Mr. Emu Tutorials: Lesson 3 - Tables and Lists *Web Design*

Lenny

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Today, I'm going to look at what I think is the most important thing in web design - tables. Also thrown into the mix is lists. I was going to play around with frames, but I've found the Nvu seems to, shall we say, despise them. If I can work out how Nvu does them, then I may add to this at a later date, if not, ah well - no great loss, anyway. I'm with Nvu on this, by the way - I abhor frames.

In case you missed them: Lesson 1 - The Basics, Lesson 2 - More Complicated Tags.

If you're having problems getting things to work, then please post your HTML code when you ask for help with the problem.

If you're having troubles with Nvu, then please ask in the Nvu Help Thread, or read Lesson 1 if you just need to know where to enter the code.

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Tables

A table is exactly what it says on the tin - a table. Ever inserted a table into Microsoft Word (or equivalent)? You can do exactly the same with HTML.

A table consists of three tags - <table></table>, <tr></tr> and <td></td>.

The <table> tag defines the table. It comes with some common attributes which you'll find very useful - height, width, border, cell spacing and cell padding, but I'll get to those in a bit.

Each row in a table is defined using the <tr> tag. Within each row is what is called a "cell" - an individual rectangle in the table. These are defined using the <td> tag - "table data".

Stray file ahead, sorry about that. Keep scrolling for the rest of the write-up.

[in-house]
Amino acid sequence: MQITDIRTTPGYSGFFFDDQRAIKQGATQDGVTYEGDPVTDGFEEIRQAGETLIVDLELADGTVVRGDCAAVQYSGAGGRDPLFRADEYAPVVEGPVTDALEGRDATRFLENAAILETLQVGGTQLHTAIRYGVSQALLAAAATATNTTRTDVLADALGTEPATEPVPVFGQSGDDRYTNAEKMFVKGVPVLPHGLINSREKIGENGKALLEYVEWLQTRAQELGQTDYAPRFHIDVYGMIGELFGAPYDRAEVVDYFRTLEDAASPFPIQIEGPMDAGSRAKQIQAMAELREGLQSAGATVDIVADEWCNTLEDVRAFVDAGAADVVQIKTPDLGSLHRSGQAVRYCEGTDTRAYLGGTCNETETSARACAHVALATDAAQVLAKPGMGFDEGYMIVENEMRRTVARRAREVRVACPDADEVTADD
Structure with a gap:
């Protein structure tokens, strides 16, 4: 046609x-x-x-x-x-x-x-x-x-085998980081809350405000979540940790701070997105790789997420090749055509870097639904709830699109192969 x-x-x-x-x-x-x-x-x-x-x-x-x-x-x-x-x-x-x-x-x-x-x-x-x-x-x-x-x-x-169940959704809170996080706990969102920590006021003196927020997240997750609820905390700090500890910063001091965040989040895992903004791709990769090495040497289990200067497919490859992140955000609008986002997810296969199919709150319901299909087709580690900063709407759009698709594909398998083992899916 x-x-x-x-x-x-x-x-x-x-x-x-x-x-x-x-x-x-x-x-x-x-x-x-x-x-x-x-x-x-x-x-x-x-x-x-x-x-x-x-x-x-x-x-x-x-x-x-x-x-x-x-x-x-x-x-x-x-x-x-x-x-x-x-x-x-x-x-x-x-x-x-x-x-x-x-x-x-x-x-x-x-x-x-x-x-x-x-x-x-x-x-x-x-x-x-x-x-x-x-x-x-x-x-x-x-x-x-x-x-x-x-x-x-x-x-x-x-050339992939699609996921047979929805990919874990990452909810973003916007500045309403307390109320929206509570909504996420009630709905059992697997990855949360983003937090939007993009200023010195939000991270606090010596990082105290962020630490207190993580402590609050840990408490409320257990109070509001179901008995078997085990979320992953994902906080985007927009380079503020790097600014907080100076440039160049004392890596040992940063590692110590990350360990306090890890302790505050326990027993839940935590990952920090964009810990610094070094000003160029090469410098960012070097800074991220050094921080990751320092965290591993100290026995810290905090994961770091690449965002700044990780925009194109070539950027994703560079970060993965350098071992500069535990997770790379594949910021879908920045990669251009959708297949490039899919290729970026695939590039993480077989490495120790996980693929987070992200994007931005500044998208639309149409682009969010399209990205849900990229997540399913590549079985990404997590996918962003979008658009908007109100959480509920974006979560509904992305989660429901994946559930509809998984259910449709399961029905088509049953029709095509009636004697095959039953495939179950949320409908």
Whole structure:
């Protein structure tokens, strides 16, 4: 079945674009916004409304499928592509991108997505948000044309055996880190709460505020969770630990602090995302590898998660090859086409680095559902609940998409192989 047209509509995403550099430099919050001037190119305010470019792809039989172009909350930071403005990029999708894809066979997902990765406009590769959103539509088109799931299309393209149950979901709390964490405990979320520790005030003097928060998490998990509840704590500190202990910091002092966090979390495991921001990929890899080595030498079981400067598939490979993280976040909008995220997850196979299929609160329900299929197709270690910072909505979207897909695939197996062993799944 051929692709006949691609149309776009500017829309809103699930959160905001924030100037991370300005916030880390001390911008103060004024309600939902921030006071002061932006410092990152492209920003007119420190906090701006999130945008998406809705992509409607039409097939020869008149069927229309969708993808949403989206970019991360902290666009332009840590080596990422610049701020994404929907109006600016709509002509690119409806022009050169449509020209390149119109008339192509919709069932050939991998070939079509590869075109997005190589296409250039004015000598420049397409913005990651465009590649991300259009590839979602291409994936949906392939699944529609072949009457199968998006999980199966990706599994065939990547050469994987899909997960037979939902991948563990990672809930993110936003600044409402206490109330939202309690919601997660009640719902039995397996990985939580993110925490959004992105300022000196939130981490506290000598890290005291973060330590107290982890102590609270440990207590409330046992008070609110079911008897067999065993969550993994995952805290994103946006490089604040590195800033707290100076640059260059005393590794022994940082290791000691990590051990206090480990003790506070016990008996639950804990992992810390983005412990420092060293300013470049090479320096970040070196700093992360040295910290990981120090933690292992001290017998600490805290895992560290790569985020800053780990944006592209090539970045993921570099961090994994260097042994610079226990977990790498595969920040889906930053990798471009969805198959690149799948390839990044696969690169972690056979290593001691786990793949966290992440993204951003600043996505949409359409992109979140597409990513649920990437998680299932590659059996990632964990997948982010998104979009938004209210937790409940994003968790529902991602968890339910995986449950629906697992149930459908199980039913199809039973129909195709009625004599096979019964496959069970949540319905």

A two row, two column table with a border, then, would be coded as such:

<table border="1">

<tr>
<td>Row 1, Col 1</td>
<td>Row 1, Col 2</td>
</tr>

<tr>
<td>Row 2, Col 1</td>
<td>Row 2, Col 2</td>
</tr>

</table>
Notice the structure - each cell is within a row, which itself is within a table. Also notice how the columns are set up - HTML tables do things in rows, so your columns are based on the number of cells per row.

It is also possible to make cells span multiple rows, and/or columns. For example, a table in with two rows and two columns, but only three cells (the first spans both rows):

<table border="1">

<tr>
<td rowspan="2">Row 1 and 2, Col 1</td>
<td>Row 1, Col 2</td>
</tr>

<tr>
<td>Row 2, Col 2</td>
</tr>

</table>
As the first cell in the first row spans both rows, there is only one cell in the second row. Remember that rows are spanned downwards - that is to say that if a cell spans two rows, it always starts in the first row and goes down to the second, rather than starting in the second and going up, thus it must be defined in the first row. Also remember that if a cell spans two rows, the row below has one less cell.

The same can be done but horizontally to make a cell that spans two columns:

<table border="1">

<tr>
<td colspan="2" >Row 1, Col 1 and 2</td>
</tr>

<tr>
<td>Row 2, Col 1</td>